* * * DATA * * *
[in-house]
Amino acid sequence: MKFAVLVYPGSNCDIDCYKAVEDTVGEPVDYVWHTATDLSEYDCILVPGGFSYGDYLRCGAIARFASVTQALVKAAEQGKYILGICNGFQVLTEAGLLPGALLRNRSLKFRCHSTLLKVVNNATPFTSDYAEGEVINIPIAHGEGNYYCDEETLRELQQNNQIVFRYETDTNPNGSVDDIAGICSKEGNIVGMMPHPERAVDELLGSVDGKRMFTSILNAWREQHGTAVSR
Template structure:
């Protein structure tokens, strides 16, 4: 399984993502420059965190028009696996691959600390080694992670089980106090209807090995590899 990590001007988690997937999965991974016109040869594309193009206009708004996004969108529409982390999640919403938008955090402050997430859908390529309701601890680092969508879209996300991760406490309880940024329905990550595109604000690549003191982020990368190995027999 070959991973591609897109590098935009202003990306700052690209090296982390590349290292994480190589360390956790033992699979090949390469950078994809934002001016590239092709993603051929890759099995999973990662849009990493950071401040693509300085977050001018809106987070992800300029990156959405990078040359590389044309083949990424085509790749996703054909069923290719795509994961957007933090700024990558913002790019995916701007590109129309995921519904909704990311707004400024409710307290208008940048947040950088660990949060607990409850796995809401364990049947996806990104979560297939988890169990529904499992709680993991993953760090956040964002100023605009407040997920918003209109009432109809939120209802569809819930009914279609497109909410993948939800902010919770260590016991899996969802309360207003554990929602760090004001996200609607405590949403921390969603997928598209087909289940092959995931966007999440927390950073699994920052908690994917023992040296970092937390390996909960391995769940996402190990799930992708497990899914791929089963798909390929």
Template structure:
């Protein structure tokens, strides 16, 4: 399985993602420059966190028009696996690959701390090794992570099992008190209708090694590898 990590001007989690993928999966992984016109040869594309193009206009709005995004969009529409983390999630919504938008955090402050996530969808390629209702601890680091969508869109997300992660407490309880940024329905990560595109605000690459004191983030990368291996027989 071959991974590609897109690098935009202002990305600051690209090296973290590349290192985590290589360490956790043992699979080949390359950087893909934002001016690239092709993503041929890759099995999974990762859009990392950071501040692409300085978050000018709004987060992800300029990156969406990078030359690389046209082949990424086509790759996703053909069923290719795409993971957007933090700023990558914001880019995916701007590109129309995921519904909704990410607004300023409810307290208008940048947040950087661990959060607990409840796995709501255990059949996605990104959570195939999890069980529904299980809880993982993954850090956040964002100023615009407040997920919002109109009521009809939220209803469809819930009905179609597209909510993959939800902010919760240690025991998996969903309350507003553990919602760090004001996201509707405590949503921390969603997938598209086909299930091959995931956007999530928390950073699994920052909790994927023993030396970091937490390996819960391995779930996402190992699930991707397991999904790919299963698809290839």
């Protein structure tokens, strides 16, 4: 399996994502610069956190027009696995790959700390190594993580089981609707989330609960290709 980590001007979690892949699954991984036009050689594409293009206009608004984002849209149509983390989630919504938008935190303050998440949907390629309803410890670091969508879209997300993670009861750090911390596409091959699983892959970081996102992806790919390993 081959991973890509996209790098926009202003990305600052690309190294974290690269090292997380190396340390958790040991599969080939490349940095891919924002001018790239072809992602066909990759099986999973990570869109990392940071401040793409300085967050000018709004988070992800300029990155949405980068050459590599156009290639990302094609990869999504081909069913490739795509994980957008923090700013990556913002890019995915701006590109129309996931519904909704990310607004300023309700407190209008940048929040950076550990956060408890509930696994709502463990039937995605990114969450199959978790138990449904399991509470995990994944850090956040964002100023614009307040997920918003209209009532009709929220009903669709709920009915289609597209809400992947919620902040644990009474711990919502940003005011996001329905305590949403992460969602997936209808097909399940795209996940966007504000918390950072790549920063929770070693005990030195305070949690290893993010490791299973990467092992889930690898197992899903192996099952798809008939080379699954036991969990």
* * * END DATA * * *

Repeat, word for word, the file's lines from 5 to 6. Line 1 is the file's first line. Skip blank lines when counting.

Template structure:
């Protein structure tokens, strides 16, 4: 399985993602420059966190028009696996690959701390090794992570099992008190209708090694590898 990590001007989690993928999966992984016109040869594309193009206009709005995004969009529409983390999630919504938008955090402050996530969808390629209702601890680091969508869109997300992660407490309880940024329905990560595109605000690459004191983030990368291996027989 071959991974590609897109690098935009202002990305600051690209090296973290590349290192985590290589360490956790043992699979080949390359950087893909934002001016690239092709993503041929890759099995999974990762859009990392950071501040692409300085978050000018709004987060992800300029990156969406990078030359690389046209082949990424086509790759996703053909069923290719795409993971957007933090700023990558914001880019995916701007590109129309995921519904909704990410607004300023409810307290208008940048947040950087661990959060607990409840796995709501255990059949996605990104959570195939999890069980529904299980809880993982993954850090956040964002100023615009407040997920919002109109009521009809939220209803469809819930009905179609597209909510993959939800902010919760240690025991998996969903309350507003553990919602760090004001996201509707405590949503921390969603997938598209086909299930091959995931956007999530928390950073699994920052909790994927023993030396970091937490390996819960391995779930996402190992699930991707397991999904790919299963698809290839």